During the Square Enix E3 press conference on Monday, the Eidos Montreal development team behind Shadow of the Tomb Raider, showed off a bit of new combat the public had not yet seen. In pre-recorded gameplay, Lara took down enemies using poisoned arrows that made mercenaries hallucinate and hunt one another, covered herself in mud to blend into the jungle, Batman’d enemies to hang from trees and threw flaming gas canisters like she was playing horseshoes. It all looked fun and in a way…easy.
On Thursday at E3, we got to play through the new slice of the game behind closed doors at the Square Enix booth. A piece which showed me how difficult the challenge actually is.
(Note the E3 floor demo available to the public was different than what we got to play in private at Square Enix booth)
Dropping Lara in the middle of stalking Trinity’s goons, I got the impression that I was the hunter in the same way Batman is through the course of the Arkham games. Lara can use every bit of the jungle setting to her advantage, from perching on tree branches to fire at unsuspecting enemies or blending into ivy-covered rock formations to neutralize passing guards.
Nothing about it turned out to be as paint by numbers as watching a pre-recorded gameplay video suggested. No matter how I chose to dispatch the group of initial guards, every method had its pros and cons that would make my next steps harder for different reasons. Using the fear arrows to get the guards to turn on each other always left one nearby to spot me or draw others to my location. Taking one out the old fashioned way with a choke hold left me nervous I’d stand up to find other enemies about to attack. It speaks to the mood the game is trying to create, one where your moments of peace are few and far between.
Once I got spotted by an enemy, the entire stealth approach went out the window. Scrambling in the jungle for cover is a losing proposition and climbing back up into the trees was not an option as mercenaries became wise to my tricks. Enemies will flank you or throw explosives to flush you out in the open. If you manage to avoid being riddled with bullets, you have options to try and get the hunter’s advantage again. Covering myself in nearby mud made it harder for guards without lights to lock on to me in the open and if you can pick off enough before reinforcements arrive you’ll have a moment to try and set up for more takedowns. It took me four attempts of trial and error to find the right combination of stealth and picking the right moment for out in the open murder time. There’s a satisfying alpha hunter feeling when you finally put the last arrow between the eyes of the final guard that stands between you and the next part of your journey.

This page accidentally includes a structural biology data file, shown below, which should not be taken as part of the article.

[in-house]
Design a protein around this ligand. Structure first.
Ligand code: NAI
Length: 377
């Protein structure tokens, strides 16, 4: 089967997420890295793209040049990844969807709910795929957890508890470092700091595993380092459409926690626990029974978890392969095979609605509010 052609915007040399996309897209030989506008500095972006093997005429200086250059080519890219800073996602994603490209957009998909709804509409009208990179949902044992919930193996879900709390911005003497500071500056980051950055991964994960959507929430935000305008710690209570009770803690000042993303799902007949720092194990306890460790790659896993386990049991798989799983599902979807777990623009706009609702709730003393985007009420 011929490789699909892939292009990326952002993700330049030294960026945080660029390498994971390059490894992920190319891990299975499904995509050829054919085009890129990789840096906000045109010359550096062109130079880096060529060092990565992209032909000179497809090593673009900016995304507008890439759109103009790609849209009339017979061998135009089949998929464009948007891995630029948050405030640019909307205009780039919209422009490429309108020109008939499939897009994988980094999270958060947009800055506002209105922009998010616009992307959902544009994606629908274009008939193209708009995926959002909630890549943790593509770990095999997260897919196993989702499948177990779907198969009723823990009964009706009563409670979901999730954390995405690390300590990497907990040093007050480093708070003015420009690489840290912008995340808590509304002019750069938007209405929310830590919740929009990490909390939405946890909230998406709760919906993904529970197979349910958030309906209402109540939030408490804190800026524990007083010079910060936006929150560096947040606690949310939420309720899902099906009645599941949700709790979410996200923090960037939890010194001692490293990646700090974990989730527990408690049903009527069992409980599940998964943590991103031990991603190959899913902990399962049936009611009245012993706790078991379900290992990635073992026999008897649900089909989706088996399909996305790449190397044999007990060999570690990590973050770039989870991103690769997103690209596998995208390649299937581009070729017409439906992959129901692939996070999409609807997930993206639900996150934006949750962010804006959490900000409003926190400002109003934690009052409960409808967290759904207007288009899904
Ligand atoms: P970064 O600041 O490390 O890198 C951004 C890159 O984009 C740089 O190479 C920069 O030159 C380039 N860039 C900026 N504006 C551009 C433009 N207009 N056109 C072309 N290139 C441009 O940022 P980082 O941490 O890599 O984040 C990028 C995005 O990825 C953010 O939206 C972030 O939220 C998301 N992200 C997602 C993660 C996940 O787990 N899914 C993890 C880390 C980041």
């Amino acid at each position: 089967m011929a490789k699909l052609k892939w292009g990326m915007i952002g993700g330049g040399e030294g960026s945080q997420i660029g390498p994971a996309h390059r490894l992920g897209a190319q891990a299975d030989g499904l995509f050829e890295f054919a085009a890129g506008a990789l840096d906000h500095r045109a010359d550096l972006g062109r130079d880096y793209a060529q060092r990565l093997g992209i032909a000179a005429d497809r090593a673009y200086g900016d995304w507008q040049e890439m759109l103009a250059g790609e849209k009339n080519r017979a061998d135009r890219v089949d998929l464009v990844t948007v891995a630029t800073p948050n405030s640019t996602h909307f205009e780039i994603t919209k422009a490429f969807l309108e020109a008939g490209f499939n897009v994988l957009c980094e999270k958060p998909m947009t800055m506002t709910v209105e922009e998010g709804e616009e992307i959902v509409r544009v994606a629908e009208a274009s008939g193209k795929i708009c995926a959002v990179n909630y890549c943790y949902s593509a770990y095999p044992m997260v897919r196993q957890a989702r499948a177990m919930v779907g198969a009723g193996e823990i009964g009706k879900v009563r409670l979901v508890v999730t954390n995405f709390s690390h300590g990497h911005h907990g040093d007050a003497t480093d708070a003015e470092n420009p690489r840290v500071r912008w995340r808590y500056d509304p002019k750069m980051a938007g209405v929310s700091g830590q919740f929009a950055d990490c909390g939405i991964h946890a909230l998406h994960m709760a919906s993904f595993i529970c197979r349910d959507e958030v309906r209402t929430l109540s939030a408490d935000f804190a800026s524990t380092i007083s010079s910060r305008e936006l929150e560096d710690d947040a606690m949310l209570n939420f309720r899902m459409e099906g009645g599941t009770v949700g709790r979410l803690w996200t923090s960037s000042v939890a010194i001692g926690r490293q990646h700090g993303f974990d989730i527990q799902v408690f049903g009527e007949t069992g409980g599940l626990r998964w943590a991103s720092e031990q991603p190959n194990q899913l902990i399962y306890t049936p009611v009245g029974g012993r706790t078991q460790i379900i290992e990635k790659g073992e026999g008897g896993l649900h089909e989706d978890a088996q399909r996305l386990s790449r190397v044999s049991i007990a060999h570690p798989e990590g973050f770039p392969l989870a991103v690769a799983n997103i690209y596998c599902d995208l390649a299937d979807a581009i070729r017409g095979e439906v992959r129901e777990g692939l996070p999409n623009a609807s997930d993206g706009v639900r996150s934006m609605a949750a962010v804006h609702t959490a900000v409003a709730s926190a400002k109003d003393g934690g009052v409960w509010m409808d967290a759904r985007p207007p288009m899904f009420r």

Shadow of the Tomb Raider has moments where you won’t be able to hide. In one scene that shows off the games intense pressure action. Lara will have to use her spider monkey agility and equipment to climb the machinery of a burning oil field all while being shot at by an attack helicopter. The game doesn’t take the route of Uncharted by subtly coloring every climbable object in a particular tone. Many of the pieces you interact with blend into the scenery to the point where you might not be sure what ledge or pipe to vault for next.
The demo ends on a somber moment of Lara plopping into the waters of South America, making the wait for its September release feel a bit longer. Square Enix has shown off much of the game between the initial reveal event that brought back underwater paths you’ll need to swim through complete with dangers of its own, to a social hub world that intends to fully paint in the details of this beautiful Latin American setting you play through. The new part shown at E3 reassures fans of the rebooted series that Shadow of the Tomb Raider’s emphasis on Lara Croft’s story doesn’t take away from first and foremost being a viscerally satisfying action experience.
Shadow of the Tomb Raider launches on PlayStation 4, Xbox One, and PC on September 14, 2018.